Skip to the Main Content

Note:These pages make extensive use of the latest XHTML and CSS Standards. They ought to look great in any standards-compliant modern browser. Unfortunately, they will probably look horrible in older browsers, like Netscape 4.x and IE 4.x. Moreover, many posts use MathML, which is, currently only supported in Mozilla. My best suggestion (and you will thank me when surfing an ever-increasing number of sites on the web which have been crafted to use the new standards) is to upgrade to the latest version of your browser. If that's not possible, consider moving to the Standards-compliant and open-source Mozilla browser.

January 8, 2006

Editable Accesskeys

Accesskeys are a very nice mechanism for making your website more accessible. You can define a set of keyboard shortcuts for common navigational tasks, making it easier for visitors, who can’t (or don’t wish to) use a mouse, to find their way around your site. For instance, on this site, hitting Alt -4 (Cntrl -4 on a Mac) takes you to the search form on the current page; Alt -1 (Cntrl -1) takes you to the main page of this blog, etc.

Unfortunately, accesskeys suffer from two big drawbacks

  1. There’s no easy way for visitors to discover what accesskeys are defined on a particular site.
  2. The accesskeys you define may conflict with the user’s existing keyboard shortcuts. Even if they don’t, accesskey assignments vary from site to site, so there’s no “muscle memory” advantage to them.

The first problem is easy to fix. Long ago, I put a listing of the accesskeys, defined here, in the footer of each page. Scroll down to take a look at it. The markup that generated the footer is

<div id="footer">   
<h2>Access Keys:</h2>
<dl id="AccessKeyList"> <dt>0</dt><dd><a href="/~distler/blog/accessibility.html" accesskey="0">Accessibility Statement</a></dd> <dt>1</dt><dd>Main Page</dd> <dt>2</dt><dd>Skip to Content</dd> <dt>3</dt><dd>List of Posts</dd> <dt>4</dt><dd>Search</dd> <dt>p</dt><dd>Previous (individual/monthly archive page)</dd> <dt>n</dt><dd>Next (individual/monthly archive page)</dd> </dl>
<a href="/~distler/blog/archives.html" accesskey="3"></a> </div>

and it can be included at the bottom of every page, using SSI, PHP or, in my case MovableType’s <MTInclude> directive. Of course, this definition-list didn’t have to be in the footer of the page. It could have been in a CSS drop-down menu at the top of the page or … The point is to make it unobtrusive, and yet easily-discoverable. Someone, with better design skills than I, could have found a more artful solution.

The second drawback seemed harder to surmount. Somehow, we need to let the user customize the accesskey assignments. But how?

Recently, Gez Lemon found a solution using server-side scripting. Unfortunately, it was more than a little cumbersome. As a web-author, it requires mucking with the markup of your pages1. As a user, it involves thoroughly unnecessary back-and-forth interaction with the server. Still, it was inspirational. Once you realize it can be done, you start to think about other ways to achieve the same effect.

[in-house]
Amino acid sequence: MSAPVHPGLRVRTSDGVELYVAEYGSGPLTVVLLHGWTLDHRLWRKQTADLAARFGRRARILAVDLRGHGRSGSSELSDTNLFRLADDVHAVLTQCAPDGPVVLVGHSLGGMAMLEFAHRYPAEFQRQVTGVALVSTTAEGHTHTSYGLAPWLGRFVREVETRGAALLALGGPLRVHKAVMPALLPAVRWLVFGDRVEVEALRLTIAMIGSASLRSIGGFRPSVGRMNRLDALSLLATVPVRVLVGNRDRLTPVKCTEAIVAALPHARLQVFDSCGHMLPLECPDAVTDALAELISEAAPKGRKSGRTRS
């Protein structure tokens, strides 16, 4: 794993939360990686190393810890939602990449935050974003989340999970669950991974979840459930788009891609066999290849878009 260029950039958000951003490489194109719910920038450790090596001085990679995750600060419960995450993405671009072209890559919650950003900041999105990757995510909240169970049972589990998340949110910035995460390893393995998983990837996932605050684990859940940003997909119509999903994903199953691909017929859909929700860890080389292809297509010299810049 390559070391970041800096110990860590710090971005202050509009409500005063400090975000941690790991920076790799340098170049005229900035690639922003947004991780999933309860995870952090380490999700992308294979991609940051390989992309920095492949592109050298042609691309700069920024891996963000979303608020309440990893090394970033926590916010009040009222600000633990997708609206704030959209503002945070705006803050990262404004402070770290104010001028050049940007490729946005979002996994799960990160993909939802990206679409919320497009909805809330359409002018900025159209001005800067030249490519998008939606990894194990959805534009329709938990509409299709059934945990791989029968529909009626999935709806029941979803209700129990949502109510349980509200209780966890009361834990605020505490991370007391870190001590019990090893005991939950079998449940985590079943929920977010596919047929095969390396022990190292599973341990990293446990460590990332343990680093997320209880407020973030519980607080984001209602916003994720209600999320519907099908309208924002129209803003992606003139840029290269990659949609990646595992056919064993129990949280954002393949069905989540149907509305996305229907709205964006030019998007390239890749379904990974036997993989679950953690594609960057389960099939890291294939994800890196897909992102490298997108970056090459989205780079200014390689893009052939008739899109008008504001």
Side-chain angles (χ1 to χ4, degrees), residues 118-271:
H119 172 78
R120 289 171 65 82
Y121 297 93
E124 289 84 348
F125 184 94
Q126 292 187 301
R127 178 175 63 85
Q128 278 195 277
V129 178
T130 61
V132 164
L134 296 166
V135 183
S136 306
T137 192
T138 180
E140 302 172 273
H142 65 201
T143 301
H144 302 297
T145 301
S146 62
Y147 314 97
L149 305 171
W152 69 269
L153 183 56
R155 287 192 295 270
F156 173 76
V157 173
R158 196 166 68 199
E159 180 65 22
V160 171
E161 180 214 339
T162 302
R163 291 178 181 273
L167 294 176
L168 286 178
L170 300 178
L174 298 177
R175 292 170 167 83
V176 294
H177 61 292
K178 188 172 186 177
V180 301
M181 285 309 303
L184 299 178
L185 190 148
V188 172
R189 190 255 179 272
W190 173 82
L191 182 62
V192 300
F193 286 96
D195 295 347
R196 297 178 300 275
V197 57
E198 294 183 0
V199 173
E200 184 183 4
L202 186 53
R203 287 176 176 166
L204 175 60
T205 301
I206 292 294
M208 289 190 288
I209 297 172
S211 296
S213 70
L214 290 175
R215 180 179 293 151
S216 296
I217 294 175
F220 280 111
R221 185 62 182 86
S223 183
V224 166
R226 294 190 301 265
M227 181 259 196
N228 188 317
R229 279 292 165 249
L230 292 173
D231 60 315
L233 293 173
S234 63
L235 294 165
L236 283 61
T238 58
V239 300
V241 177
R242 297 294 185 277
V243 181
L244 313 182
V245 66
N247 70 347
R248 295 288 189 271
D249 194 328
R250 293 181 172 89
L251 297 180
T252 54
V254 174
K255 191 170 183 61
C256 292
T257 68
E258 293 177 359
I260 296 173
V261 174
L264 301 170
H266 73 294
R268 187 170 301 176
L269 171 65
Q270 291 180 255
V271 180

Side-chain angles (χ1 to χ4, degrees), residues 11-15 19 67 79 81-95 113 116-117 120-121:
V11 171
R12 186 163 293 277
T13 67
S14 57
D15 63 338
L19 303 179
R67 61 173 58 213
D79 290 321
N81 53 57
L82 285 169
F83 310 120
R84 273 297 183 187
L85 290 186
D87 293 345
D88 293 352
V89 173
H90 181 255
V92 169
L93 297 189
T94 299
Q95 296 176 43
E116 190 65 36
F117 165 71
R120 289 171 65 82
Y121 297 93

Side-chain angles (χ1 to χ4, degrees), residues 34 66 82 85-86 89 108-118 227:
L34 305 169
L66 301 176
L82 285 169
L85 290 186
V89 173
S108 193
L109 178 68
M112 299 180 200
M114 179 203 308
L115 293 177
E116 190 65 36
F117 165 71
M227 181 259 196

I wanted something that would not involve mucking with the existing markup of my pages, and which would work client-side (so as to be as fast and smooth as possible). If you’ve read this far, you probably want to see it in action. Scroll down2 to the bottom of the page and hit the, hitherto mysterious, edit button. You can assign any keyboard character you want to an accesskey, though most browsers do not distinguish between uppercase and lowercase letters. If you want to disable one (or all) of the accesskeys, simply delete the corresponding character. When you’re happy, hit save. You can now use your new accesskey assignments anywhere on this blog. And they’ve been saved in a cookie, for your future surfing pleasure. If, instead, the current accesskey assignments suit you, just hit reset.

No markup was butchered to achieve this effect. All I needed to do was include this Javascript file and add initializeAccessKeys(); to the onload-handler for my pages. In fact, the Javascript uses the existing markup (a definition-list whose id="AccessKeyList")3 as an editing template for customizing the accesskeys.

I rather enjoyed crafting this, my first somewhat nontrivial bit of Javascript programming. There’s something delightfully recursive about using DOM-scripting to add event-handler attributes which, when activated, trigger other DOM-scripting operations.

I’ve only tested it in a few browsers (Mozilla, Safari and Opera), but expect it to work in others as well. Suggestions for improvements are welcome.

Update (1/16/2006):

Gez Lemon has crafted a Greasemonkey script to obtain similar (but not quite as good) functionality on any website with accesskeys. I’ve written a followup post about it. I’ve also revised my Javascript to play more nicely with Gez’s script.

Update (4/2/2006):

Rich Pedley wins the prize for catching a bug in the previous version of this Javascript. I’ve updated it to fix the bug.

Postscript: Event Handlers

Getting keyboard navigation to work right in the presence of certain event-handlers seems to be a black art. All the sources I’ve looked at give incorrect advice. As a consequence, I, myself, have been doing it wrong for years now.

onclick="..."